I friend of mine were having a chat and she brought up that the US Government was found guilty of the murder of Martin Luther King in 1999 and this year this info started to re-surface and multiple people were taking extensive efforts to make sure the information stayed hidden. I did some research and here’s what I found.
In 1999 (a year after the person convicted of the assassination, James Earl Ray, died) the United States government was taken to court by King’s family. With a very short trial, due to the overwhelming evidence against the government, they were found guilty. King’s family was awarded $100 and his widow was quoted saying this.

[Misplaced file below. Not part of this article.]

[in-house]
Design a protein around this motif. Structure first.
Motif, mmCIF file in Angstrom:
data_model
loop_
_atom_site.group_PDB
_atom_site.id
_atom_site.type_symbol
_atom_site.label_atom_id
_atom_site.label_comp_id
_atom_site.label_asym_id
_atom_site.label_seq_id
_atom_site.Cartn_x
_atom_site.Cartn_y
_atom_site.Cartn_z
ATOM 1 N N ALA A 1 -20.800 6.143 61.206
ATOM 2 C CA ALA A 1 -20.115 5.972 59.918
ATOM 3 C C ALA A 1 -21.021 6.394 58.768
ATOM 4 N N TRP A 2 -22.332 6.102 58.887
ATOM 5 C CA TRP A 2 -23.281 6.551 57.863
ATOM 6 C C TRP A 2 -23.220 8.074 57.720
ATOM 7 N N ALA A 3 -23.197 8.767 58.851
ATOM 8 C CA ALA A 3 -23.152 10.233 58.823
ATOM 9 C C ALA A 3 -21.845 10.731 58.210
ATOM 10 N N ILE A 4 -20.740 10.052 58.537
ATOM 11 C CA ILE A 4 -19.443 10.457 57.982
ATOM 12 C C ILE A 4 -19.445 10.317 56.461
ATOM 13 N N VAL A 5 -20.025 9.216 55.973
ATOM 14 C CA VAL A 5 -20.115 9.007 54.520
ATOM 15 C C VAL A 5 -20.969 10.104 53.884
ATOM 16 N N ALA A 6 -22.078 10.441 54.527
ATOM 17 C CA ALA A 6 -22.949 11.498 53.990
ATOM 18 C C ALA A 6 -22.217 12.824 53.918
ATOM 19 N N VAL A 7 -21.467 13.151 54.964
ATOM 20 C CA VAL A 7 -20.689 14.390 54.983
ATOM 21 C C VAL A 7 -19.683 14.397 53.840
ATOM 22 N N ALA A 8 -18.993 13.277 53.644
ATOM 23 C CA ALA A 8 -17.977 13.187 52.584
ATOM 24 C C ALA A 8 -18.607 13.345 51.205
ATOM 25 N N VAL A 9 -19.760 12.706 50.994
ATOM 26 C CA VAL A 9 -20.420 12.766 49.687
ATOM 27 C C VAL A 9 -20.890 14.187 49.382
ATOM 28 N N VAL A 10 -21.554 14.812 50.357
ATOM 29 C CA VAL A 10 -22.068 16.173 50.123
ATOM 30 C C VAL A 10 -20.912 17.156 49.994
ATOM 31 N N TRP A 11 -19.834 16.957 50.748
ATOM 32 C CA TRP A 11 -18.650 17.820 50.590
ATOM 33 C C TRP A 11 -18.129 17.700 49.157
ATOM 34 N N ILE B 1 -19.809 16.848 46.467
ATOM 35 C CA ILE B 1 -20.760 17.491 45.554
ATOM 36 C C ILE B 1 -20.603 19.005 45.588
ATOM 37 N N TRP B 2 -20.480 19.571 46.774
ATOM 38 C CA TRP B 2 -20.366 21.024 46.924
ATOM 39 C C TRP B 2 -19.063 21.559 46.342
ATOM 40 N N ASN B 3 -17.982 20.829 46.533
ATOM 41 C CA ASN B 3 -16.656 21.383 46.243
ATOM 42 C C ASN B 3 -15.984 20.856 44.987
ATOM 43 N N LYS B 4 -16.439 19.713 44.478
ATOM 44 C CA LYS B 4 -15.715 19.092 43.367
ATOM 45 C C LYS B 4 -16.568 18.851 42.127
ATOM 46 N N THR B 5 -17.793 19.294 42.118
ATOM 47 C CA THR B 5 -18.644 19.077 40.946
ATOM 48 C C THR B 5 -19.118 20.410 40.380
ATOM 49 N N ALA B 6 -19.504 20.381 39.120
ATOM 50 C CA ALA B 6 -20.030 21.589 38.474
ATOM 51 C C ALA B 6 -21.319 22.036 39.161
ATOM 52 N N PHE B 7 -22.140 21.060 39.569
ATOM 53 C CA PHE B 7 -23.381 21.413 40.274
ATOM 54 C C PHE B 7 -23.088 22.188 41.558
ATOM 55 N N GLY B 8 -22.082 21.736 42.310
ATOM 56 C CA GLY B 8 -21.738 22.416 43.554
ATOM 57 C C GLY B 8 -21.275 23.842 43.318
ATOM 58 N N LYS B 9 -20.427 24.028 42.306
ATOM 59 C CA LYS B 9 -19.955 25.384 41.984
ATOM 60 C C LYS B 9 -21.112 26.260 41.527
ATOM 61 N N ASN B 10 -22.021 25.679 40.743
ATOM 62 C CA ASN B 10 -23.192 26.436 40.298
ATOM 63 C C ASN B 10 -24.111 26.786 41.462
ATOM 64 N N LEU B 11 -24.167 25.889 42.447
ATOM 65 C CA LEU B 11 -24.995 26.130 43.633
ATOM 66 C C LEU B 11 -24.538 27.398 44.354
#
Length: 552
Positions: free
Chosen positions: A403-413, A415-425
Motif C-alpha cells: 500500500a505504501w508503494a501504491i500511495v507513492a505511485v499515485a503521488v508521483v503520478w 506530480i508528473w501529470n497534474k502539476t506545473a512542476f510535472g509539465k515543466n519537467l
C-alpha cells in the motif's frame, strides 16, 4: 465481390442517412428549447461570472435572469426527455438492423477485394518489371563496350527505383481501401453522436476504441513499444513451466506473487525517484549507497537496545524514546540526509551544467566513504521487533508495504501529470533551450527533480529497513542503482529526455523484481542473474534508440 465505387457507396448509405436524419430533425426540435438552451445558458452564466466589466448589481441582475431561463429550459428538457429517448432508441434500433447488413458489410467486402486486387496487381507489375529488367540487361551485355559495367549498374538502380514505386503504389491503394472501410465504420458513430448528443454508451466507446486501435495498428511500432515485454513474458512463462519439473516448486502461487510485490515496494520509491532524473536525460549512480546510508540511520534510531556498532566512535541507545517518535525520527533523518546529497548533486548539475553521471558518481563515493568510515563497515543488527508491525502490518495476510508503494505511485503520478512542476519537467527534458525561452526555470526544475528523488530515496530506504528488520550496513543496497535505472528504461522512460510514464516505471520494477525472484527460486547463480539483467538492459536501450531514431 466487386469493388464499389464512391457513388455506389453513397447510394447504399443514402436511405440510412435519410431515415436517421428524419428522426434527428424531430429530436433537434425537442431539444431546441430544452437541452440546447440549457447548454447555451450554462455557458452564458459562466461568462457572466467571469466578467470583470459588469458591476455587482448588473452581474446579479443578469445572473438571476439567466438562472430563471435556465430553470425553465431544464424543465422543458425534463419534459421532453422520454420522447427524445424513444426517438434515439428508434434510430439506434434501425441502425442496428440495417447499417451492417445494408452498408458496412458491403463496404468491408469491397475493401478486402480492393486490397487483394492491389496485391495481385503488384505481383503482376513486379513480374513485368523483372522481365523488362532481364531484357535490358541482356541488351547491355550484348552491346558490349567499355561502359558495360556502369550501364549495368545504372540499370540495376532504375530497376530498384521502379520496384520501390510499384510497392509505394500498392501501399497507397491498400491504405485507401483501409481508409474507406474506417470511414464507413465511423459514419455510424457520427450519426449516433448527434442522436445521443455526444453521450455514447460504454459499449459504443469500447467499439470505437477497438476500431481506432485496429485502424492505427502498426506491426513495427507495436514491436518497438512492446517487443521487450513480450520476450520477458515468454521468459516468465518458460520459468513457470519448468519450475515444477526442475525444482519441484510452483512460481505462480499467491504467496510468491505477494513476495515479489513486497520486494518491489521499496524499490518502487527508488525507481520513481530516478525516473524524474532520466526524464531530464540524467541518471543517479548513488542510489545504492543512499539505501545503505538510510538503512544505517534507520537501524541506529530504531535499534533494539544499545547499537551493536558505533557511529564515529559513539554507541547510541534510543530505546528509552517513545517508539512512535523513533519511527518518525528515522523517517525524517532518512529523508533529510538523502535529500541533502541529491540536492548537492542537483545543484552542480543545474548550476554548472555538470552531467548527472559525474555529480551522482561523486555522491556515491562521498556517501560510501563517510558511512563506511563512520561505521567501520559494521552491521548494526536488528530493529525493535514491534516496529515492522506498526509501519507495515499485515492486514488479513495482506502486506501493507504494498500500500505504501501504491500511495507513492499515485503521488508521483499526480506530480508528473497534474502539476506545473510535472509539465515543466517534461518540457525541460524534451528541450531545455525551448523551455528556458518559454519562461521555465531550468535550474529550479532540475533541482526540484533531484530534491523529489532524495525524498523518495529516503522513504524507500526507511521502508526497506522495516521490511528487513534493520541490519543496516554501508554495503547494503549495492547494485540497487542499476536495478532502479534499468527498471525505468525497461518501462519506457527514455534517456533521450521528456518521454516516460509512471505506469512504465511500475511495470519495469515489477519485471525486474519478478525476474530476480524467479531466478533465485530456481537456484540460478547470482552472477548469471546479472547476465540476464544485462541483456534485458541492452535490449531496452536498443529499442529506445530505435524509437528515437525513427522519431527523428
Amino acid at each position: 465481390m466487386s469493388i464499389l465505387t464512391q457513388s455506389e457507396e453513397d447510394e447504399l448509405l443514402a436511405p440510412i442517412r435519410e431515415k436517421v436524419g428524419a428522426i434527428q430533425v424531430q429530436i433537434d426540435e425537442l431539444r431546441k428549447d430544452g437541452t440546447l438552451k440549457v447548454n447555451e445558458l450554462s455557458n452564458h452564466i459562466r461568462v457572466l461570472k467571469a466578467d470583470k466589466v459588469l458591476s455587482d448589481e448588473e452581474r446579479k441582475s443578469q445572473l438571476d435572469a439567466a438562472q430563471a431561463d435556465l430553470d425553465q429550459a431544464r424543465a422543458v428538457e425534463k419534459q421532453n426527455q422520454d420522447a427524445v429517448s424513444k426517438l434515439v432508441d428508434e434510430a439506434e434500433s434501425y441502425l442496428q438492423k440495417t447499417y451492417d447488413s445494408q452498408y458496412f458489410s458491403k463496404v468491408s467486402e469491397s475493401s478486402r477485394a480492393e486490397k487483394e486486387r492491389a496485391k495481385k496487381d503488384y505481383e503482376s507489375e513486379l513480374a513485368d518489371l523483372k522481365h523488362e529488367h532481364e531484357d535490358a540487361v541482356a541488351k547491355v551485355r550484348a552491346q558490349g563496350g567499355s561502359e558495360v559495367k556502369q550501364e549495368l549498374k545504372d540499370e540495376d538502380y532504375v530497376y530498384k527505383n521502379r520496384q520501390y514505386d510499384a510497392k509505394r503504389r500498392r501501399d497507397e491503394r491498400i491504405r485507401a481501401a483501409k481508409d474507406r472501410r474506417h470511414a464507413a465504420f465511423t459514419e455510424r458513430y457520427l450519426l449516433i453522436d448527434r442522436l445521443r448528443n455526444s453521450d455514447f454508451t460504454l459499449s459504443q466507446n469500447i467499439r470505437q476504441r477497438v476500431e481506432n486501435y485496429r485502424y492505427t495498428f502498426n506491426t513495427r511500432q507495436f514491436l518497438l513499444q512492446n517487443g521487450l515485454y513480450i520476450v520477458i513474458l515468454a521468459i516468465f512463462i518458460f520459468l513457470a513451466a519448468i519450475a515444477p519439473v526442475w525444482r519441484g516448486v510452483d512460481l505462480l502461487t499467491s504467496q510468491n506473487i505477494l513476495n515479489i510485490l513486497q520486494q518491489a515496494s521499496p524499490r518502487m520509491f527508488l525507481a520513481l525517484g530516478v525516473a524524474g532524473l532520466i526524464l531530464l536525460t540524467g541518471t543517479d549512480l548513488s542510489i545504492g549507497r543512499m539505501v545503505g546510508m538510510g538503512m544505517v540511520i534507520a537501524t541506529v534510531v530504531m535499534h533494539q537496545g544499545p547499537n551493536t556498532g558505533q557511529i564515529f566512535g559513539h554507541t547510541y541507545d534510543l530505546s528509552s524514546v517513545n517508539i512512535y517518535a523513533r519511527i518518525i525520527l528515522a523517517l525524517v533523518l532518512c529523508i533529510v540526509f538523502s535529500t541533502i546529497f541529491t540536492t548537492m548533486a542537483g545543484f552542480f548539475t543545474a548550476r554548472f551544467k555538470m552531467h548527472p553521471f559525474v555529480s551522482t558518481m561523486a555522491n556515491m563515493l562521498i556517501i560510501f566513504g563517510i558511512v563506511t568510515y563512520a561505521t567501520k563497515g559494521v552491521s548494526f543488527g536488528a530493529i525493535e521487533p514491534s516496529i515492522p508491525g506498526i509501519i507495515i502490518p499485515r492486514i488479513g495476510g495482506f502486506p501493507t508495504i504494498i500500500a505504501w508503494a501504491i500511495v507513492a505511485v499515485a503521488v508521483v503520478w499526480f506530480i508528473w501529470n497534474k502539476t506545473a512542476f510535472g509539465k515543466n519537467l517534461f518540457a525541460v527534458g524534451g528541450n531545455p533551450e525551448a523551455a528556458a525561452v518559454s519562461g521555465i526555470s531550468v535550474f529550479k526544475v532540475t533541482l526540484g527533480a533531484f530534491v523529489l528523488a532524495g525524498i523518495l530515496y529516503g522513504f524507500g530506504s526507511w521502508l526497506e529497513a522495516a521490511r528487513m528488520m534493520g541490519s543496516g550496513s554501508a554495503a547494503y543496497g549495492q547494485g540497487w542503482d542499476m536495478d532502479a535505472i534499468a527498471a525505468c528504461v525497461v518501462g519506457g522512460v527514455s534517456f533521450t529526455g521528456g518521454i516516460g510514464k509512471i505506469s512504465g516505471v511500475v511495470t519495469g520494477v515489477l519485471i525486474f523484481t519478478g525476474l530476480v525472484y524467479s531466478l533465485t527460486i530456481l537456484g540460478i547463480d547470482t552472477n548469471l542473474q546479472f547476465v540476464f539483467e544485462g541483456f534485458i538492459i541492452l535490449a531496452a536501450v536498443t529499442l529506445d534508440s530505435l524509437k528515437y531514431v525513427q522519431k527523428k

There is abundant evidence of a major high level conspiracy in the assassination of my husband, Martin Luther King, Jr. And the civil court’s unanimous verdict has validated our belief. I wholeheartedly applaud the verdict of the jury and I feel that justice has been well served in their deliberations. This verdict is not only a great victory for my family, but also a great victory for America. It is a great victory for truth itself. It is important to know that this was a SWIFT verdict, delivered after about an hour of jury deliberation. The jury was clearly convinced by the extensive evidence that was presented during the trial that, in addition to Mr. Jowers, the conspiracy of the Mafia, local, state and federal government agencies, were deeply involved in the assassination of my husband. The jury also affirmed overwhelming evidence that identified someone else, not James Earl Ray, as the shooter, and that Mr. Ray was set up to take the blame. I want to make it clear that my family has no interest in retribution. Instead, our sole concern has been that the full truth of the assassination has been revealed and adjudicated in a court of law. As we pursued this case, some wondered why we would spend the time and energy addressing such a painful part of the past. For both our family and the nation, the short answer is that we had to get involved because the system did not work. Those who are responsible for the assassination were not held to account for their involvement. This verdict, therefore, is a great victory for justice and truth. It has been a difficult and painful experience to revisit this tragedy, but we felt we had an obligation to do everything in our power to seek the truth. Not only for the peace of mind of our family but to also bring closure and healing to the nation. We have done what we can to reveal the truth, and we now urge you as members of the media, and we call upon elected officials, and other persons of influence to do what they can to share the revelation of this case to the widest possible audience.